LAWRENCE — The American Institute of Architects’ Academy of Architecture for Healthcare has awarded a fellowship to a University of Kansas architecture student who will study how the design of intensive care units can influence patient safety and treatment outcomes.
Department of Architecture doctoral candidate Faria T. Islam will use the Arthur N. Tuttle Jr. Graduate Fellowship in Health Facility Planning and Design to examine factors such as ease of physical and visual access, room configuration and the number of patient rooms. External factors will also be considered, including the care model, hospital type, and how characteristics of the nursing staff like age, position in the unit and work hours can influence an ICU’s physical environment.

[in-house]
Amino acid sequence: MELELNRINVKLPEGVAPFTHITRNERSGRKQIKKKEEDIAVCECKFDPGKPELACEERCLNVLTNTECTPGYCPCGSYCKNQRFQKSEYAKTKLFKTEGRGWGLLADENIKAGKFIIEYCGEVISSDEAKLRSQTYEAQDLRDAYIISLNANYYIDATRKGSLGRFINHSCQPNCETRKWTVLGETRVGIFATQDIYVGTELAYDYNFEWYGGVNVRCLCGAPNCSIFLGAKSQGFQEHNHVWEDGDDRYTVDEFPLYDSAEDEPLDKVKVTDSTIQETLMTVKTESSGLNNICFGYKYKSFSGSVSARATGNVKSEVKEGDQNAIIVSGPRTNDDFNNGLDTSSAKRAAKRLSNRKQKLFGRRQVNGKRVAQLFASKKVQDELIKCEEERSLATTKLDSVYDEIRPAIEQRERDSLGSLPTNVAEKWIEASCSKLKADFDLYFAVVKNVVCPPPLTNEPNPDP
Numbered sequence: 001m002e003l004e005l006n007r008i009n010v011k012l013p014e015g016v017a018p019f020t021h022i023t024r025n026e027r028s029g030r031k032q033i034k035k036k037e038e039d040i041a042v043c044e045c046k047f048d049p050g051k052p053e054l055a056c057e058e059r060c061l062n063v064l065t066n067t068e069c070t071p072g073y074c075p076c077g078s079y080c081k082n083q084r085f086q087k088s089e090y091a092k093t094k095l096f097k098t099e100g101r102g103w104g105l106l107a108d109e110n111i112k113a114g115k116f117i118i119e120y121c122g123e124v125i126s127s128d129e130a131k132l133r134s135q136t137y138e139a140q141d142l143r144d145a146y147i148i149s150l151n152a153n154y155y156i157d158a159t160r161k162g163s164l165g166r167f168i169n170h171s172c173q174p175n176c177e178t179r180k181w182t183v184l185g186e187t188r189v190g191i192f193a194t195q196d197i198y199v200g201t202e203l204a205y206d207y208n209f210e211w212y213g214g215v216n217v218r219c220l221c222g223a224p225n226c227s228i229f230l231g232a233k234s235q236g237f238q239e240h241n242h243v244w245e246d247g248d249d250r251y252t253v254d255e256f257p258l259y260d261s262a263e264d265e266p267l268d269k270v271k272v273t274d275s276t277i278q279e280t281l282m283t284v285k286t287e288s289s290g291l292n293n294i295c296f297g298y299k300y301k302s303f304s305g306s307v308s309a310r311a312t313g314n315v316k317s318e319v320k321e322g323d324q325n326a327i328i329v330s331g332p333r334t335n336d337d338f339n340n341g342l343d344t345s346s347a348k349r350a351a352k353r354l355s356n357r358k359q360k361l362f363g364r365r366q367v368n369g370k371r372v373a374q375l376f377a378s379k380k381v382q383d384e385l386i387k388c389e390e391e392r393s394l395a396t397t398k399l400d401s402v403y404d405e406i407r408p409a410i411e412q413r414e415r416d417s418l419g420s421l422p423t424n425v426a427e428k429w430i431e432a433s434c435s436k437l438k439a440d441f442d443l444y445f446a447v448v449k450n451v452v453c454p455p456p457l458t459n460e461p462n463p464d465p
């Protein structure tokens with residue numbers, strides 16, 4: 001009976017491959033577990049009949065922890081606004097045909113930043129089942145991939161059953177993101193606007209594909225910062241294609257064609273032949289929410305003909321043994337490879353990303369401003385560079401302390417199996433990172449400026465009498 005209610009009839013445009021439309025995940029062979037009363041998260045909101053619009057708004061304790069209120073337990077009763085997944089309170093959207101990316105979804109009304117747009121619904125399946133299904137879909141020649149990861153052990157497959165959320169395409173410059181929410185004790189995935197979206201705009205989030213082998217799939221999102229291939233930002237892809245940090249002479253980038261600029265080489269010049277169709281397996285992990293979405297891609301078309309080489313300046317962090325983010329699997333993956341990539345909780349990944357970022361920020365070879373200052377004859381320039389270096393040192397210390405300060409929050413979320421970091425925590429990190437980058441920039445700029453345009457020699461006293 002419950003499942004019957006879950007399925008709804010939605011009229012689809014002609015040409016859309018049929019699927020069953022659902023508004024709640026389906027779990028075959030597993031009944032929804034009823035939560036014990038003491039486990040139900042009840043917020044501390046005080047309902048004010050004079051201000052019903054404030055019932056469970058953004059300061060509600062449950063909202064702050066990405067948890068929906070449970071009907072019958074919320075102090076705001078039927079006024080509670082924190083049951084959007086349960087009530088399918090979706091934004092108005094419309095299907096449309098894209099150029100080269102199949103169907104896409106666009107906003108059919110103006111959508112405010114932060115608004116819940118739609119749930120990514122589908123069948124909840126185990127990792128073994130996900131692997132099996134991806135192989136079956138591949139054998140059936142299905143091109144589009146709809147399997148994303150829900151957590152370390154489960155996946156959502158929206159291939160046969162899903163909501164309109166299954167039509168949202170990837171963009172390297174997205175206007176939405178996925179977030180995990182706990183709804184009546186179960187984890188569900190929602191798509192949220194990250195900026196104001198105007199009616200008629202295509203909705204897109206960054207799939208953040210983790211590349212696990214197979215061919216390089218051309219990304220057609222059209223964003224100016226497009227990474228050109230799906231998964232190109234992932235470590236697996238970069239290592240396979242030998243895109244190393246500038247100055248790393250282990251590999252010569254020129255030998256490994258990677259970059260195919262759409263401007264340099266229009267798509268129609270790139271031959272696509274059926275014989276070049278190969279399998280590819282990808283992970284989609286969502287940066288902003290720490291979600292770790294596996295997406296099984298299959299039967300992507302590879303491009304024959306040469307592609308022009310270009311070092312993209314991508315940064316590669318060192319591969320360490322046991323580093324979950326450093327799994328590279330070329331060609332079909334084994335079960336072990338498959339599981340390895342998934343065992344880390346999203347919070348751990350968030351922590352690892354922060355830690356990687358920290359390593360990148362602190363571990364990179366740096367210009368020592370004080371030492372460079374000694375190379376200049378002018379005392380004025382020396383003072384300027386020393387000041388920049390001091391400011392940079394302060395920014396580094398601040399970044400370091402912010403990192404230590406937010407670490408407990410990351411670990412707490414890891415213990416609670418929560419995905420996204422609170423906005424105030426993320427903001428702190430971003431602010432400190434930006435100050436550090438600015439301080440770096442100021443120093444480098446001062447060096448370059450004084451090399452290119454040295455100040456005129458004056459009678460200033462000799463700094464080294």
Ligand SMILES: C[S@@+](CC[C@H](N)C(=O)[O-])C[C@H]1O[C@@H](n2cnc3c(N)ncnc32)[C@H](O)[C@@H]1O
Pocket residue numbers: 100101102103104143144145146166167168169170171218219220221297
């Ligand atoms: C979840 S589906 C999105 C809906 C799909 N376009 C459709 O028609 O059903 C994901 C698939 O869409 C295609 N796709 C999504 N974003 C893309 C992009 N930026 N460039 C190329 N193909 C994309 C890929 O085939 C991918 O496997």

Empirical studies have shown that poor design of health care workplaces can negatively affect staff, may reduce functional efficiency, and lead to medical errors and waste.
“This research will provide an improved understanding of how ICU design affects staff perception that vary in layout, specialty and organizational context,” she said. “It will open dialogue between clinical and design professionals leading to better ICU design in the future.”
Islam is studying health care architecture in the Department of Architecture’s Health and Wellness Program and minoring in statistics. She was also the recipient of 2014 Summer Research Fellowship from the KU Office of Graduate Studies. She holds an Evidence-Based Design Accreditation and Certification (EDAC) from the Center for Health Design.
She earned her master’s degree in architecture and health design at University of Illinois at Chicago. While studying there she received the Jogindar Paul Mahajan Scholarship. She earned her bachelor's degree in architecture degree from BRAC University in Bangladesh and was on its dean’s and vice chancellor’s list.